The topic, though, remains as polarizing a health issue as sex education or diet sodas.

An e what?

The e cigarette was actually developed by a pharmacist in China.

The pharmacist, Hon Lik, was a three pack a day smoker. That was nothing unusual more than 300 million people in China are regular smokers. But when Lik’s father, who was also a heavy smoker, died of lung cancer, Lik decided he had to come up with an alternative that wouldn’t kill him.

Most scientists believe nicotine itself, while highly addictive, is not what causes cancer for smokers or for the people around them who breathe their second hand smoke. Instead, it’s the toxic chemicals that are created when tobacco and filler products burn that are dangerous.

If there was a way to get nicotine addicts their fix without the burn, you just might avoid the health problems. Nicotine then becomes as harmless as any other addictive substance, such as caffeine, some experts say.

So Lik developed an e cigarette a device that uses a small battery to atomize a pure liquid solution of nicotine. Nothing is burned. There is no ash. There is no smoke. There is nicotine, and then there is flavoring added for taste.

Essentially the person using these inhales a kind of vapor that looks like fog from a fog machine. A recent review of all the scientific research done on e cigarettes by Drexel University professor Igor Burstyn concludes “current data do not indicate that exposures to vapors from contaminants in electronic cigarettes warrant a concern.”

In plain language, Burstyn concludes “It’s about as harmless as you can get.”

“I wouldn’t worry at all if someone was smoking one of these by my kids,” Burstyn said. “From a pure health perspective, these are not as bad as a cigarette.”

E cigarettes came to the U.S. market around 2009. The CDC now estimates about one in five American smokers have tried an e cigarette that’s about 6% of all adults.

There are e cigarette stores, but now you can also buy them online or in convenience stores. Some look like regular cigarettes some look like pens or thumb drives.

First you buy a starter kit, which costs between $40 and $130. In the kit is the e cigarette, a charger and a few cartridges. The cartridges typically last as long as a 20 pack of cigarettes and sell for around $10. You can also buy a bottle of e liquid to refile the cartridge yourself.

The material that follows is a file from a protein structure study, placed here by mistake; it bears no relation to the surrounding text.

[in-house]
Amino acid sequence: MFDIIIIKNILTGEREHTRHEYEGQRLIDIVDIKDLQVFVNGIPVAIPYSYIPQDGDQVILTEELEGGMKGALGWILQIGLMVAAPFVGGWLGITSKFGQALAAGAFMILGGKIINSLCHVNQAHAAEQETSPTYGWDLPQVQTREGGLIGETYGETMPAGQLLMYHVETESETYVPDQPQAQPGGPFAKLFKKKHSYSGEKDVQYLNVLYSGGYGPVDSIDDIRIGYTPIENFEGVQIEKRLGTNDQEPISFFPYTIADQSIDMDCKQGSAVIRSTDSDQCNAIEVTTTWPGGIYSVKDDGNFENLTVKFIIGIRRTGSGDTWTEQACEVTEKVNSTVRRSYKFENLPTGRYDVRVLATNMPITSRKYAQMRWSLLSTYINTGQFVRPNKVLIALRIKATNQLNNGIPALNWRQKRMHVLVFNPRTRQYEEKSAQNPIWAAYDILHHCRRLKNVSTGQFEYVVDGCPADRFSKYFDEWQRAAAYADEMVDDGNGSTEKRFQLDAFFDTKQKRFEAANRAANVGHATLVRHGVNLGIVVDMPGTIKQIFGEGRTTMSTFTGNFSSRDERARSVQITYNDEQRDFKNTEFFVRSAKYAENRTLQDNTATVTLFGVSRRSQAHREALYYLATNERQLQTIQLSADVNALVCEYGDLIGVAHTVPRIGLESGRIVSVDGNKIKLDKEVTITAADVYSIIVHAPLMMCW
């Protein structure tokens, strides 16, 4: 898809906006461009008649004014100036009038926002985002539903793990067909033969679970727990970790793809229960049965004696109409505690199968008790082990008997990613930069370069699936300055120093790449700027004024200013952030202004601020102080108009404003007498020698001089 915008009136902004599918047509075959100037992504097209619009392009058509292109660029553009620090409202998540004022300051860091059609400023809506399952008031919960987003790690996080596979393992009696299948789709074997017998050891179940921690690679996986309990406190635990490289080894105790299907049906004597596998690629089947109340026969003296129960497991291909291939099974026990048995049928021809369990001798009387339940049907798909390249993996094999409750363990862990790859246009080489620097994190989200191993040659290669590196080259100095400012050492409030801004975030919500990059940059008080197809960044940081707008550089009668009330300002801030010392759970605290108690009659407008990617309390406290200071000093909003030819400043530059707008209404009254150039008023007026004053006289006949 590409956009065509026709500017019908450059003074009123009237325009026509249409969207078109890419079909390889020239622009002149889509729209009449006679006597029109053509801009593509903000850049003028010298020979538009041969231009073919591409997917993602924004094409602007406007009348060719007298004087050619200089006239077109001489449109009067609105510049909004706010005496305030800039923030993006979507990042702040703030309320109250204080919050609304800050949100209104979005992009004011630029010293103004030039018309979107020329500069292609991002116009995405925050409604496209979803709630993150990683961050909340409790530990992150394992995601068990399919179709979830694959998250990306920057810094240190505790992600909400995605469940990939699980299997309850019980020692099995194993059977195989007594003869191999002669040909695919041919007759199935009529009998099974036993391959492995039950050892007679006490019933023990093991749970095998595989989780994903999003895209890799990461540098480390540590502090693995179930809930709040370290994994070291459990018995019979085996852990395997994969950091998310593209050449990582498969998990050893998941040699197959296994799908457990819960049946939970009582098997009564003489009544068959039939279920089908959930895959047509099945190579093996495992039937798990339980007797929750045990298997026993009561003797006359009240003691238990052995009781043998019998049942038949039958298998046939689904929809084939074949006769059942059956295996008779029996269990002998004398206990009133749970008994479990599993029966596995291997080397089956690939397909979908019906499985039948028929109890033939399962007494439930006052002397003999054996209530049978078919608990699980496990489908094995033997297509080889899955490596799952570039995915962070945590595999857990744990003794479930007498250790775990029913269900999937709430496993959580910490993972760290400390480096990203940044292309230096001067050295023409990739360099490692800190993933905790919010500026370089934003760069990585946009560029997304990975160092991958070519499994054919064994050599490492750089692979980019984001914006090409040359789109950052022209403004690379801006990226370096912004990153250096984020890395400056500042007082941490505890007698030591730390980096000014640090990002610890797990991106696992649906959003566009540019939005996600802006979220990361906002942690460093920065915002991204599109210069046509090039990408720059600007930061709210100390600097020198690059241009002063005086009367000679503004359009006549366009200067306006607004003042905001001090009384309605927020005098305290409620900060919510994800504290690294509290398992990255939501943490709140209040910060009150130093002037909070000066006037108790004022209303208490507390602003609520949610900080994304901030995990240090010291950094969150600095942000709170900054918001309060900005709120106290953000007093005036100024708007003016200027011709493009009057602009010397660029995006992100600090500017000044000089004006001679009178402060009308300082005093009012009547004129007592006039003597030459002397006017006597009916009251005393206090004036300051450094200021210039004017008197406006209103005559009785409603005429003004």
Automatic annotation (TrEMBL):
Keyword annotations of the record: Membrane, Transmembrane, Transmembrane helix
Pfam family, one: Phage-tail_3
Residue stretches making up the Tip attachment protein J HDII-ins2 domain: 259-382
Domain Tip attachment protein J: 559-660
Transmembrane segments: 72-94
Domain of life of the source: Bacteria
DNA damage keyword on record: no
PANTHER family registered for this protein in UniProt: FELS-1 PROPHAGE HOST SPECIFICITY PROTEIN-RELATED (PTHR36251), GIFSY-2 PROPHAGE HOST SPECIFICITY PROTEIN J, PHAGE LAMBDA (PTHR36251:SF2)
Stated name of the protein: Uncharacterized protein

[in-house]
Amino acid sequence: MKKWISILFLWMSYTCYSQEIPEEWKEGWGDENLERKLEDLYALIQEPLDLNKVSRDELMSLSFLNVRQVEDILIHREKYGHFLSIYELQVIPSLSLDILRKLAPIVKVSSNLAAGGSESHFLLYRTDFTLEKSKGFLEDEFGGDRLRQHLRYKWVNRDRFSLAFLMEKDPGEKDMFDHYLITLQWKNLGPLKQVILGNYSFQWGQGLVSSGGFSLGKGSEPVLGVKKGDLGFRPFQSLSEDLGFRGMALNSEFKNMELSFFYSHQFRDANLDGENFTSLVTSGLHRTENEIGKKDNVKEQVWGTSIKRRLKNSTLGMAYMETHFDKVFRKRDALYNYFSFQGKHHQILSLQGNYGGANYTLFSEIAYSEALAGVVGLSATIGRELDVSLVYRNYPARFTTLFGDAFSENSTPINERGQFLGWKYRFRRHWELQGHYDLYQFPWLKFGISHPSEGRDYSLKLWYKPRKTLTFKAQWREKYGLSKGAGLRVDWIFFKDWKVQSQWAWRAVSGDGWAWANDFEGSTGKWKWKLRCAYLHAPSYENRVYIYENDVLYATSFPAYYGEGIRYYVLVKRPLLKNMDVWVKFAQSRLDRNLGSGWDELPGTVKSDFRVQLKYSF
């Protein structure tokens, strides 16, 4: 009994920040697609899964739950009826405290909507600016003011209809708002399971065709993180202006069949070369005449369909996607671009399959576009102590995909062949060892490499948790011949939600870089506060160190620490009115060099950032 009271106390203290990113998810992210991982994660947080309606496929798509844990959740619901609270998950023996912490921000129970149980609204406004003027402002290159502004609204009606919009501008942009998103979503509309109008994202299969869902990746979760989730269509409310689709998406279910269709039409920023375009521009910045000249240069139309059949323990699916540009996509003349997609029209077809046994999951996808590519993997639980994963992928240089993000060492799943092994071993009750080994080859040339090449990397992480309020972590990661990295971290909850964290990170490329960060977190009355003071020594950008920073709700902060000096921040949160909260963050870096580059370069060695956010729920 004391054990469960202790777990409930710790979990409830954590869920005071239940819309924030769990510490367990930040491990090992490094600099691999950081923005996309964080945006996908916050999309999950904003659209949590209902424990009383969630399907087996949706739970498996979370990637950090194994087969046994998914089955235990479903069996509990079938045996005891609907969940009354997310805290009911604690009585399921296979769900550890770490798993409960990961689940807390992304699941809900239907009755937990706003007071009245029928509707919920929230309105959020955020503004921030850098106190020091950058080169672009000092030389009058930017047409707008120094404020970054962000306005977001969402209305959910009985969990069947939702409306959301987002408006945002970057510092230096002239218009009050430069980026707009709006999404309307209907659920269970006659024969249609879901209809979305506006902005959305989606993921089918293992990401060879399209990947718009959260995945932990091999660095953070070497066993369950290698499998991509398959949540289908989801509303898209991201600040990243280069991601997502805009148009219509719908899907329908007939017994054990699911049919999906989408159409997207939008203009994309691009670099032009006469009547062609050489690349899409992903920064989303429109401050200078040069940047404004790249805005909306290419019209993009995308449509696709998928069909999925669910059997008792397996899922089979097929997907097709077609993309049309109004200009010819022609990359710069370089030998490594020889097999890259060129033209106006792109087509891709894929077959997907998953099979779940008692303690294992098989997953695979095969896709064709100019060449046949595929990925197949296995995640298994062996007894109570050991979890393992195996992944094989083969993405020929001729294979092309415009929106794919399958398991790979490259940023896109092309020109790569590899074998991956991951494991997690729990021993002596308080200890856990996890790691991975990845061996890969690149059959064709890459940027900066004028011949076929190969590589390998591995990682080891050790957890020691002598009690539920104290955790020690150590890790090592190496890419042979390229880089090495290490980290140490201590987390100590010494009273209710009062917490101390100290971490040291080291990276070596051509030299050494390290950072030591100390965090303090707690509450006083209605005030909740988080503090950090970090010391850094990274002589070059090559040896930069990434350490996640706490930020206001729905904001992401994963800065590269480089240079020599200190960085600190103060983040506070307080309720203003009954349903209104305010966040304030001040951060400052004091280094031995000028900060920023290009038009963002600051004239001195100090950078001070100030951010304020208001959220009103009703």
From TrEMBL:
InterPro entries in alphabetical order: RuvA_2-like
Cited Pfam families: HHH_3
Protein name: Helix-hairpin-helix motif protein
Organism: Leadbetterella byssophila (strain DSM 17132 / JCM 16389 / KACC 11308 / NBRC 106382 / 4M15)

The anti e cigarette camp

Critics point out e cigarettes come in kid friendly flavors such as gummy bear, atomic fireball candy and cookies and cream. It makes them worry that e cigarettes will become a gateway to encourage kids to develop a lifelong nicotine addiction or worse, try the real thing.

Only about 20 states specifically forbid the sale of e cigarettes to children.

Tobacco use has been on the decline with kids it’s about half what it was in the mid 1990s. But the latest CDC study shows a growing number of middle and high school students have tried e cigarettes.

One in 10 high school students surveyed said they had tried e cigarettes last year. That’s double the number from 2011. One high school in Connecticut banned them after the principal said administrators dealt with at least one incident involving e cigarettes every day.

CDC director Tom Frieden characterized this trend as “deeply troubling.”

But as far as risky behavior goes, it’s still a tiny fraction of students. The survey showed about 3% of these kids said they had used one in the last 30 days. By contrast, 39% of students said they drank some amount of alcohol in the past 30 days, 22% binge drank and 24% rode with a driver who had been drinking.

The real problem is that 88% of adult smokers who smoke daily said they started when they were kids, according to the CDC. Kids who start down the path to using e cigarettes may stick with them for life.

“So much is unknown about them and what the long term complications could be with their use,” said the American Lung Association’s Erika Sward. “Bottom line, we don’t know what the consequences of using them are, and we are very troubled that kids would find them attractive.”

E cigarettes are unregulated in the United States no laws make manufacturers tell you what you are actually inhaling. The unknown is one of the many qualities of e cigarettes that the American Lung Association doesn’t like.

It’s “a complete unregulated Wild West,” Sward said. She wants the FDA to move quickly with regulatory oversight, which she says would make manufacturers disclose what the actual ingredients are in each of the 250 or so brands available.

In 2009, a FDA test on a small number of e cigarette samples found “detectable levels of known carcinogens and toxic chemicals to which users could potentially be exposed.” They found diethylene glycol in one cartridge at a 1% level this is an ingredient used in antifreeze and can be toxic to humans in large quantities. Diethylene glycol is also found in some dental products and in some pharmaceuticals.